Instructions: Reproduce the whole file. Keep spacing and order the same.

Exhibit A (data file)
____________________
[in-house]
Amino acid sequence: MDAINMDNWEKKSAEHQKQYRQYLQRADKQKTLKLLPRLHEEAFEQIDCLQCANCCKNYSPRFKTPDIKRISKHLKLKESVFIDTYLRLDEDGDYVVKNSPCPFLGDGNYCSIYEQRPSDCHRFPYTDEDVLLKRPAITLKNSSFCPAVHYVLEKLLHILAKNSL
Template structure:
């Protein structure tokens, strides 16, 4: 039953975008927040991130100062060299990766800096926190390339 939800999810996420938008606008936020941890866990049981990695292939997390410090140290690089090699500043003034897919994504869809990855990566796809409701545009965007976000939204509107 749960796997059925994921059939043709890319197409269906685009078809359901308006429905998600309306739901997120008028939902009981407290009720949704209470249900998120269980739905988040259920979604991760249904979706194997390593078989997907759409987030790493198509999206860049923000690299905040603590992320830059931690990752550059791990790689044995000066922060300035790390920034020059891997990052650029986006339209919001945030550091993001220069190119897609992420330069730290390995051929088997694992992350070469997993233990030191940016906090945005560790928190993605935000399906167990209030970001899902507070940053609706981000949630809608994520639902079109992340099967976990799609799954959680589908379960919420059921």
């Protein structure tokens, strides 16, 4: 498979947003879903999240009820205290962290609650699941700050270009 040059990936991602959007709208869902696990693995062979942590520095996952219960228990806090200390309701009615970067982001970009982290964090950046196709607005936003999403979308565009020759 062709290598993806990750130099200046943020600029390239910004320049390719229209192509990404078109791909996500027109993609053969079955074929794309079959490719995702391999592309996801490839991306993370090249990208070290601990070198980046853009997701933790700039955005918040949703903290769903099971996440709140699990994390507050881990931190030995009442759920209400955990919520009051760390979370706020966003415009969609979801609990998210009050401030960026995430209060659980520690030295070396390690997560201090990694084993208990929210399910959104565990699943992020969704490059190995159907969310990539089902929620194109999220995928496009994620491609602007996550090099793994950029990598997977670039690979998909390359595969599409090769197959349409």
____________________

[in-house]
Amino acid sequence: MDAINMDNWEKKSAEHQKQYRQYLQRADKQKTLKLLPRLHEEAFEQIDCLQCANCCKNYSPRFKTPDIKRISKHLKLKESVFIDTYLRLDEDGDYVVKNSPCPFLGDGNYCSIYEQRPSDCHRFPYTDEDVLLKRPAITLKNSSFCPAVHYVLEKLLHILAKNSL
Template structure:
């Protein structure tokens, strides 16, 4: 039953975008927040991130100062060299990766800096926190390339 939800999810996420938008606008936020941890866990049981990695292939997390410090140290690089090699500043003034897919994504869809990855990566796809409701545009965007976000939204509107 749960796997059925994921059939043709890319197409269906685009078809359901308006429905998600309306739901997120008028939902009981407290009720949704209470249900998120269980739905988040259920979604991760249904979706194997390593078989997907759409987030790493198509999206860049923000690299905040603590992320830059931690990752550059791990790689044995000066922060300035790390920034020059891997990052650029986006339209919001945030550091993001220069190119897609992420330069730290390995051929088997694992992350070469997993233990030191940016906090945005560790928190993605935000399906167990209030970001899902507070940053609706981000949630809608994520639902079109992340099967976990799609799954959680589908379960919420059921």
């Protein structure tokens, strides 16, 4: 498979947003879903999240009820205290962290609650699941700050270009 040059990936991602959007709208869902696990693995062979942590520095996952219960228990806090200390309701009615970067982001970009982290964090950046196709607005936003999403979308565009020759 062709290598993806990750130099200046943020600029390239910004320049390719229209192509990404078109791909996500027109993609053969079955074929794309079959490719995702391999592309996801490839991306993370090249990208070290601990070198980046853009997701933790700039955005918040949703903290769903099971996440709140699990994390507050881990931190030995009442759920209400955990919520009051760390979370706020966003415009969609979801609990998210009050401030960026995430209060659980520690030295070396390690997560201090990694084993208990929210399910959104565990699943992020969704490059190995159907969310990539089902929620194109999220995928496009994620491609602007996550090099793994950029990598997977670039690979998909390359595969599409090769197959349409």